34. Section 2-2 (continued) Accuracy and Precision – POGIL Accuracy & Precision Up to Problem # 22

  35. Section 2-3 Significant figures (‘Sig figs’)in a measurement consist of all the digits known with certainty plus one final digit, which is uncertain or is estimated.

  36. Section 2-3 Significant Figures – Determining the number of significant digits • ALL non-zero numbers (1,2,3,4,5,6,7,8,9) are ALWAYS significant. • 2) ALL zeroes between non-zero numbers are ALWAYS significant. • 3) ALL zeroes which are SIMULTANEOUSLY to the right of the decimal point AND at the end of the number are ALWAYS significant. • 4) ALL zeroes which are to the left of a written decimal point and are in a number >= 10 are ALWAYS significant.

  37. Section 2-3 Significant Figures – Determining the number of significant digits (continued)

  38. Section 2-3 Significant Figures – Rounding (continued)

  39. Section 2-3 Significant Figures – Sig Figs & Rounding (continued) PRACTICE # 1 (only front side) PRACTICE # 2 (only front side)

  40. Section 2-3 Significant Figures (continued) – Addition or subtraction with Significant Figures When adding or subtracting decimals, the answer must have the same number of digits to the right of the decimal point as there are in the measurement having the FEWEST digits to the right of the decimal point. Example 25.1 g 2.03 g ______ 27.13 g as seen on a calculator, BUT using the above rule you would round the answer to  27.1 g

  41. Section 2-3 Significant Figures (continued) – Multiplication & Division with Significant Figures For multiplication or division the answer can have no more significant figures than are in the measurement with the fewest number of significant digits. Example Density = mass ÷ volume 3.05 g _______ CALCULATOR ANSWER = 0.360094451 g/mL 8.47 mL But using the rule we go to 3 sig figs giving us  0.360 g/mL WARNING:do not let your friend the calculator screw up your answer!

  42. Section 2-3 Significant Figures (continued) – Conversion Factors & Significant Digits When using conversion factors there is no uncertainty – the conversion are exact. Example 100 cm _______ x 4.608 m = 460.8 cm m

  43. Practice Break Practice break (the other sides & more) HW in advance: Notes to the end of the chapter for Friday PRACTICE # 1 (only back side) PRACTICE # 2 (only back side) TONIGHT’S HW

  44. Section 2-3 Scientific Notation Inscientific notation, numbers are written in the form M x 10n, where M is a number greater than or equal to 1 but less than 10 and n is a whole number. Examples 149 000 000 km  1.49 x 108 km 1.49e8 0.000181 m  1.81 x 10-4 m 1.81e-4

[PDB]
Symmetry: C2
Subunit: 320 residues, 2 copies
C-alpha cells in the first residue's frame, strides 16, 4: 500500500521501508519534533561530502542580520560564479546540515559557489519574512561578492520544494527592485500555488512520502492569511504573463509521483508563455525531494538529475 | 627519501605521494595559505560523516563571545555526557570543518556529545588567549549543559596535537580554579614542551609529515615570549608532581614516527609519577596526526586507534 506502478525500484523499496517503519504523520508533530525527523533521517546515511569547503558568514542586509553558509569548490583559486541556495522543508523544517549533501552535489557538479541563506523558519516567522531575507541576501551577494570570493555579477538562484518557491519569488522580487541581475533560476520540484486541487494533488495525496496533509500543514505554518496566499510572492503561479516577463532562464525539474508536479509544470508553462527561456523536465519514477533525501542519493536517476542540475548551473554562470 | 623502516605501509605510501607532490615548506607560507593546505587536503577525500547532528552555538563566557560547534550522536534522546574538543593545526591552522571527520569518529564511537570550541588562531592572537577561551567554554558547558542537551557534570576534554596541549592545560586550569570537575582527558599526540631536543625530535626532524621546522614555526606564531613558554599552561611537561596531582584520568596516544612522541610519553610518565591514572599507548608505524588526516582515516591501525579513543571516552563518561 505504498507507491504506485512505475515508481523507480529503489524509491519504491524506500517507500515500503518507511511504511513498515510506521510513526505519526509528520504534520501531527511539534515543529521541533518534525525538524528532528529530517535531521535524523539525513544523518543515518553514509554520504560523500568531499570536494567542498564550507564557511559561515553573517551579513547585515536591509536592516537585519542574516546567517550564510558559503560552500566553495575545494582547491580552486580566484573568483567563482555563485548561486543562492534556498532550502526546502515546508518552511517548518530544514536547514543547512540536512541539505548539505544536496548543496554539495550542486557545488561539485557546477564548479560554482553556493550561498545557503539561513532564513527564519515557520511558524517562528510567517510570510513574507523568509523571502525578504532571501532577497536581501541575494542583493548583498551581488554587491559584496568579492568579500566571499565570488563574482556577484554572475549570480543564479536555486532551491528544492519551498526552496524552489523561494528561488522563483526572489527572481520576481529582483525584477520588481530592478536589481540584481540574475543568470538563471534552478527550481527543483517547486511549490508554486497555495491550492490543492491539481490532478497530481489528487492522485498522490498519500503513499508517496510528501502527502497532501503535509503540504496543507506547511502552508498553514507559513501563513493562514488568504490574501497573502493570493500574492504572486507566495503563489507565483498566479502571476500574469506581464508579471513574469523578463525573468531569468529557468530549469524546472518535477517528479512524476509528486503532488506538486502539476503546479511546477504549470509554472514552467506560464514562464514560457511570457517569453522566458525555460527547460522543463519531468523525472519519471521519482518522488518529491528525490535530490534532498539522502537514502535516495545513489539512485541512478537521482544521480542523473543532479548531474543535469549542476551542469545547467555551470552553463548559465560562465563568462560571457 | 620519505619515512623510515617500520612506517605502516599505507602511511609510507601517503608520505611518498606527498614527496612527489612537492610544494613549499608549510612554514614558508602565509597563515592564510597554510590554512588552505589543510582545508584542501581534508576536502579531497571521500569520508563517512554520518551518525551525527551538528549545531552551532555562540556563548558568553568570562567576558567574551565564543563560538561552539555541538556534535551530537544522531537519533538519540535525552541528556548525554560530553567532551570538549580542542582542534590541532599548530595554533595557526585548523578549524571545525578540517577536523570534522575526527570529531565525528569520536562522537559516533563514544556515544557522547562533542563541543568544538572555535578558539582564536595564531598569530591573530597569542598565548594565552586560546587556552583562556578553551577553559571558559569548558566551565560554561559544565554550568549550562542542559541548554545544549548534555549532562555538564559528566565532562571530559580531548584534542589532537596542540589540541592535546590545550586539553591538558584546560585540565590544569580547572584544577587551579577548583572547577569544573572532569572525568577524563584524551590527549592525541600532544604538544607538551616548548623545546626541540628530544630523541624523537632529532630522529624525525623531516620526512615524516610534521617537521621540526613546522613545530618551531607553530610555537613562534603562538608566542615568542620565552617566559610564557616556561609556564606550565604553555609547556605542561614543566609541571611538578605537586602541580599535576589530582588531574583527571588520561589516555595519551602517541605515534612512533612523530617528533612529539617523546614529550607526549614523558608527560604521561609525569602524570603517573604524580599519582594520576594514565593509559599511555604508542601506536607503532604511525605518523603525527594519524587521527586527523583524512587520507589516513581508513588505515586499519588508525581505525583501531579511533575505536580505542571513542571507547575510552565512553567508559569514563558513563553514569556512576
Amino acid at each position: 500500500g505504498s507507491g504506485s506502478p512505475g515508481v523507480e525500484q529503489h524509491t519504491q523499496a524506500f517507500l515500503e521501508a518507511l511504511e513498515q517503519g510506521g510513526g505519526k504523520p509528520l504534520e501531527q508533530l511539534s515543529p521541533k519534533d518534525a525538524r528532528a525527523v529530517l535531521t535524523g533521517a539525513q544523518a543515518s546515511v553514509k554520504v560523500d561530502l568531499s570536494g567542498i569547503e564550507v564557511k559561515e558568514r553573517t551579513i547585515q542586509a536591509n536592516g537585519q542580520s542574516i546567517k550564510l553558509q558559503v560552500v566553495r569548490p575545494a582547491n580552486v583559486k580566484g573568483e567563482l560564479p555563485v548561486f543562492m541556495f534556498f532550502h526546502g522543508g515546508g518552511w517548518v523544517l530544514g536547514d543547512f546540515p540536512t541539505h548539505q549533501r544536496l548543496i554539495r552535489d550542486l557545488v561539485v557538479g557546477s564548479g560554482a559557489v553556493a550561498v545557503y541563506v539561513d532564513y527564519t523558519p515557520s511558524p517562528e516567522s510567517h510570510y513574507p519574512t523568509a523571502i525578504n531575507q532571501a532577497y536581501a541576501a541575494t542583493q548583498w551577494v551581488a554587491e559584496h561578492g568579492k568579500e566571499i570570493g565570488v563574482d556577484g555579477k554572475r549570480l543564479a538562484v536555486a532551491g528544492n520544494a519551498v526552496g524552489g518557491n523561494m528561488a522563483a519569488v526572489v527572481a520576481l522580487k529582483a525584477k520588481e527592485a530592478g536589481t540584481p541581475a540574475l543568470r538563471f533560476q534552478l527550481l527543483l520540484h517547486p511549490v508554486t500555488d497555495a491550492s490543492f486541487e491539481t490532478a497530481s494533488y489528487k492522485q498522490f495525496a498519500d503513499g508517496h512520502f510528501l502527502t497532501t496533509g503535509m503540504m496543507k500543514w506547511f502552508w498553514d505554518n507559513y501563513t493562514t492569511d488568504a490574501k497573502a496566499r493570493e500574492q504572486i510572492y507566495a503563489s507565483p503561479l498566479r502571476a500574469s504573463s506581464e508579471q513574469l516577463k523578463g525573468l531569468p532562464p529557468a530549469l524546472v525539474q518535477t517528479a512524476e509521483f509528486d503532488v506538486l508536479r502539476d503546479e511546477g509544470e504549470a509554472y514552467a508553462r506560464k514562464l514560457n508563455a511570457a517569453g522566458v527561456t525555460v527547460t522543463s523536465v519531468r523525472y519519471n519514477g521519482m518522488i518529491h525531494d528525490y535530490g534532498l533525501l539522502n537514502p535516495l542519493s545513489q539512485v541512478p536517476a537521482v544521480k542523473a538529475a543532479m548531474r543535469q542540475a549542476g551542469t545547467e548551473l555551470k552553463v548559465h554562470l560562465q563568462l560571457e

45. Section 2-3 Scientific Notation (continued) – Mathematical Operations using Scientific Notation – addition & subtraction To add or subtract you must make the exponents the same OR EITHER Examples - adding 1.49 x 104 km 1.49 x 104 km 14.9 x 103 km 0.181 x 104 km 1.81 x 103 km 1.81 x 103 km 16.71 x 103 km 1.671 x 104 km 16.7 x 103 km Remember rounding 1.67 x 104 km

  46. Section 2-3 Scientific Notation (continued) – Mathematical Operations using Scientific Notation – addition & subtraction UNITS TOO (don’t get tripped up on this) Examples 1.49 x 105 km Becomes 1.49 x 108 m 5.02 x 104 m Becomes 0.00502 x 108 m Becomes 1.49502 x 108 m Rounding Becomes 1.50 x 108 m

  47. Section 2-3 Scientific Notation (continued) – Mathematical Operations using Scientific Notation – Multiplication M factors are multiplied and ns are added Remember general form M x 10n Examples 1.49 x 108 m 1.81 x 10-4 m 2.969 x 104 m 2.97 x 104 m Rounded

  48. Section 2-3 Scientific Notation (continued) – Mathematical Operations using Scientific Notation – Division M factors are divided and ns are subtracted denominator from numerator Examples 5.44 x 107 g _____________ 8.1 x 104 mol = 0.6716049383 x 103 g/mol = 6.7 x 102 g/mol

  49. Section 2-3 Scientific Notation - Practice PRACTICE PRACTICE KEY

  50. Joke Break A man jumps into a NY City cab and asks the cab driver, “Do you know how to get to Carnegie Hall?” The cabbie turns around and says , “Practice, practice , practice!” PRACTICE Adding & Subtracting PRACTICE Multiplying & Dividing PRACTICE Sig Figs  Key to Sig Figs